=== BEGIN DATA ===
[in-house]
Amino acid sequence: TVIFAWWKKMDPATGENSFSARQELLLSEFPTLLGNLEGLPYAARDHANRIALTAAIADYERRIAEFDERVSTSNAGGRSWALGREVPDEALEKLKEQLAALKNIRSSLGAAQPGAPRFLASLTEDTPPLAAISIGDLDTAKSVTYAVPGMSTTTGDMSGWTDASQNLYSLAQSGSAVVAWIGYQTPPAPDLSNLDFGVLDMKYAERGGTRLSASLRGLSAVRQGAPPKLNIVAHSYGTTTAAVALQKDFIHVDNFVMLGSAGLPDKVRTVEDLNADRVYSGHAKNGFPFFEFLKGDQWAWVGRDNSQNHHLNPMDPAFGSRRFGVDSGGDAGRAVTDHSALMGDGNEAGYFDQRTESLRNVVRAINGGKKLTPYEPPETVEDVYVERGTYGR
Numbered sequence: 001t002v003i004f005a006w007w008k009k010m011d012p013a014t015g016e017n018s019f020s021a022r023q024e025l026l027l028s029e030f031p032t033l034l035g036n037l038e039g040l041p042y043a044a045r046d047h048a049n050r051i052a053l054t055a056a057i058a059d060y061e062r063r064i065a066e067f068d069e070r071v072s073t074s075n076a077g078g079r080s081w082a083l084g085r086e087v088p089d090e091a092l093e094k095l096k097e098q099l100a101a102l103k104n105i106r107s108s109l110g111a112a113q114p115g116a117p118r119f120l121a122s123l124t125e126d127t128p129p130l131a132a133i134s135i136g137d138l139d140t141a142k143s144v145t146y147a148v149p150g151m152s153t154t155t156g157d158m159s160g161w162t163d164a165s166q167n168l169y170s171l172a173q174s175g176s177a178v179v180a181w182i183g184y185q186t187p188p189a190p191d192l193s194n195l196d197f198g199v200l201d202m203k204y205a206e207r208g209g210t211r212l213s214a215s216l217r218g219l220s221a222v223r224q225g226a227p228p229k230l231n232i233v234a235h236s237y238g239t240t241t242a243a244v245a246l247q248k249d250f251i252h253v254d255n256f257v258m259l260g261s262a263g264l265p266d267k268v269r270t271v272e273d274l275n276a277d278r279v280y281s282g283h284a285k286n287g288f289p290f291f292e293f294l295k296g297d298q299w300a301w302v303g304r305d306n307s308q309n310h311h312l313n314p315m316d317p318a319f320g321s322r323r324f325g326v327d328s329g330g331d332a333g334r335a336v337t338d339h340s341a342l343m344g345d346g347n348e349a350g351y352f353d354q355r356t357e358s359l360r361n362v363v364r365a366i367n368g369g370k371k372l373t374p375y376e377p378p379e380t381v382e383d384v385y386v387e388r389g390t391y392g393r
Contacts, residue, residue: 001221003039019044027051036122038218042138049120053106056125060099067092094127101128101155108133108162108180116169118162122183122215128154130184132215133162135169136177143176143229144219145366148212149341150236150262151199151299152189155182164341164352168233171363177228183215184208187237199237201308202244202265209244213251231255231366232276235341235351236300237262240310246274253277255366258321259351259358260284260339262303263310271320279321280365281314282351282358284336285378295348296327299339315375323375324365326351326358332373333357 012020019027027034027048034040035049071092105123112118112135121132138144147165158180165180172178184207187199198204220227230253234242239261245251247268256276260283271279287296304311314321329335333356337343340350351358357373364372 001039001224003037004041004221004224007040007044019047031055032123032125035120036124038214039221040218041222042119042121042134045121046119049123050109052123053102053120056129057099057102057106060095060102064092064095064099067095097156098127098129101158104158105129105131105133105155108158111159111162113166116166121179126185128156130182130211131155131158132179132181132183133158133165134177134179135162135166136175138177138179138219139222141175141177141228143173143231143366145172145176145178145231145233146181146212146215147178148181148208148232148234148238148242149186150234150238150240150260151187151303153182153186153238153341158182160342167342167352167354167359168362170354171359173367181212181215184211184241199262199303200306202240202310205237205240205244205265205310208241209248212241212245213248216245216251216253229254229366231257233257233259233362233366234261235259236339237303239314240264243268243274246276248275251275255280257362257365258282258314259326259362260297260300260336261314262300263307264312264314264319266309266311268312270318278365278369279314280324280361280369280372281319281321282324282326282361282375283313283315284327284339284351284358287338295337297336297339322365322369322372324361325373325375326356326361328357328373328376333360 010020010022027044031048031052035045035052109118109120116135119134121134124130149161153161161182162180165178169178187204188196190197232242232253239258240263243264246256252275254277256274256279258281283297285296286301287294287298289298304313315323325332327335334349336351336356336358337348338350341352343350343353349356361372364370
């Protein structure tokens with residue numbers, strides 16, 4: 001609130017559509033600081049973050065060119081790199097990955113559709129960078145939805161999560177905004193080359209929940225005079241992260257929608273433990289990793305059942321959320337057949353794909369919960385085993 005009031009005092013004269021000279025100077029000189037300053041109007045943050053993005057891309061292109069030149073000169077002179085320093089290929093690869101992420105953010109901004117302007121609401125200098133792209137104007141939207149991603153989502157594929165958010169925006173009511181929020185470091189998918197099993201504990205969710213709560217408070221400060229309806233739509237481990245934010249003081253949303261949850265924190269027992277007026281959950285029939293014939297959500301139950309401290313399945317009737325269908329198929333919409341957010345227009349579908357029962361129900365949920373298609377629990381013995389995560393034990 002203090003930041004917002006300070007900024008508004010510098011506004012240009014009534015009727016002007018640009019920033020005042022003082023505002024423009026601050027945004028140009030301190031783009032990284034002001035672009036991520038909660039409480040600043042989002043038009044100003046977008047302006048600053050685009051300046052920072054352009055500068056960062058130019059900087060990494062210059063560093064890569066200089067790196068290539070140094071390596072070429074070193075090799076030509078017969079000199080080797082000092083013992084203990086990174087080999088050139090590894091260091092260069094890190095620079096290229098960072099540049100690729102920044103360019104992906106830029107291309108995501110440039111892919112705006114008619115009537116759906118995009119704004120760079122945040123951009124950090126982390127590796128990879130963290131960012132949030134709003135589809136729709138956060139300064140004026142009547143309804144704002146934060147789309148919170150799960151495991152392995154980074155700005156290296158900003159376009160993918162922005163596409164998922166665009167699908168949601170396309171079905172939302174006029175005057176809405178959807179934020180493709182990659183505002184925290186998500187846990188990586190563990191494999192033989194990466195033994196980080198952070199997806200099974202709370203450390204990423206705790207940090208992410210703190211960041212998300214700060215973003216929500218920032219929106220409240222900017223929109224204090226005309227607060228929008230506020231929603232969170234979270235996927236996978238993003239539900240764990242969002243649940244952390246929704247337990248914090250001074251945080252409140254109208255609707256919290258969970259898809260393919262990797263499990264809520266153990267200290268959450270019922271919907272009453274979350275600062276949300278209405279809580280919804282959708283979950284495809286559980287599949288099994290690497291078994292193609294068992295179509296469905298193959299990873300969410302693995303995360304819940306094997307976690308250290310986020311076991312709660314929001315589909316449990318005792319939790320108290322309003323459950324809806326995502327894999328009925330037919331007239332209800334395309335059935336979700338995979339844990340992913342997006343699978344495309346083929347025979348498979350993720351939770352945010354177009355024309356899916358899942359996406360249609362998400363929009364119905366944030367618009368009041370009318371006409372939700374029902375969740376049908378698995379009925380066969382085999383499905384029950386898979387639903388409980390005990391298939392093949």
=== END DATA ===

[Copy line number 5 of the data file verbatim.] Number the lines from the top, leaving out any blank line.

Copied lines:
């Protein structure tokens with residue numbers, strides 16, 4: 001609130017559509033600081049973050065060119081790199097990955113559709129960078145939805161999560177905004193080359209929940225005079241992260257929608273433990289990793305059942321959320337057949353794909369919960385085993 005009031009005092013004269021000279025100077029000189037300053041109007045943050053993005057891309061292109069030149073000169077002179085320093089290929093690869101992420105953010109901004117302007121609401125200098133792209137104007141939207149991603153989502157594929165958010169925006173009511181929020185470091189998918197099993201504990205969710213709560217408070221400060229309806233739509237481990245934010249003081253949303261949850265924190269027992277007026281959950285029939293014939297959500301139950309401290313399945317009737325269908329198929333919409341957010345227009349579908357029962361129900365949920373298609377629990381013995389995560393034990 002203090003930041004917002006300070007900024008508004010510098011506004012240009014009534015009727016002007018640009019920033020005042022003082023505002024423009026601050027945004028140009030301190031783009032990284034002001035672009036991520038909660039409480040600043042989002043038009044100003046977008047302006048600053050685009051300046052920072054352009055500068056960062058130019059900087060990494062210059063560093064890569066200089067790196068290539070140094071390596072070429074070193075090799076030509078017969079000199080080797082000092083013992084203990086990174087080999088050139090590894091260091092260069094890190095620079096290229098960072099540049100690729102920044103360019104992906106830029107291309108995501110440039111892919112705006114008619115009537116759906118995009119704004120760079122945040123951009124950090126982390127590796128990879130963290131960012132949030134709003135589809136729709138956060139300064140004026142009547143309804144704002146934060147789309148919170150799960151495991152392995154980074155700005156290296158900003159376009160993918162922005163596409164998922166665009167699908168949601170396309171079905172939302174006029175005057176809405178959807179934020180493709182990659183505002184925290186998500187846990188990586190563990191494999192033989194990466195033994196980080198952070199997806200099974202709370203450390204990423206705790207940090208992410210703190211960041212998300214700060215973003216929500218920032219929106220409240222900017223929109224204090226005309227607060228929008230506020231929603232969170234979270235996927236996978238993003239539900240764990242969002243649940244952390246929704247337990248914090250001074251945080252409140254109208255609707256919290258969970259898809260393919262990797263499990264809520266153990267200290268959450270019922271919907272009453274979350275600062276949300278209405279809580280919804282959708283979950284495809286559980287599949288099994290690497291078994292193609294068992295179509296469905298193959299990873300969410302693995303995360304819940306094997307976690308250290310986020311076991312709660314929001315589909316449990318005792319939790320108290322309003323459950324809806326995502327894999328009925330037919331007239332209800334395309335059935336979700338995979339844990340992913342997006343699978344495309346083929347025979348498979350993720351939770352945010354177009355024309356899916358899942359996406360249609362998400363929009364119905366944030367618009368009041370009318371006409372939700374029902375969740376049908378698995379009925380066969382085999383499905384029950386898979387639903388409980390005990391298939392093949």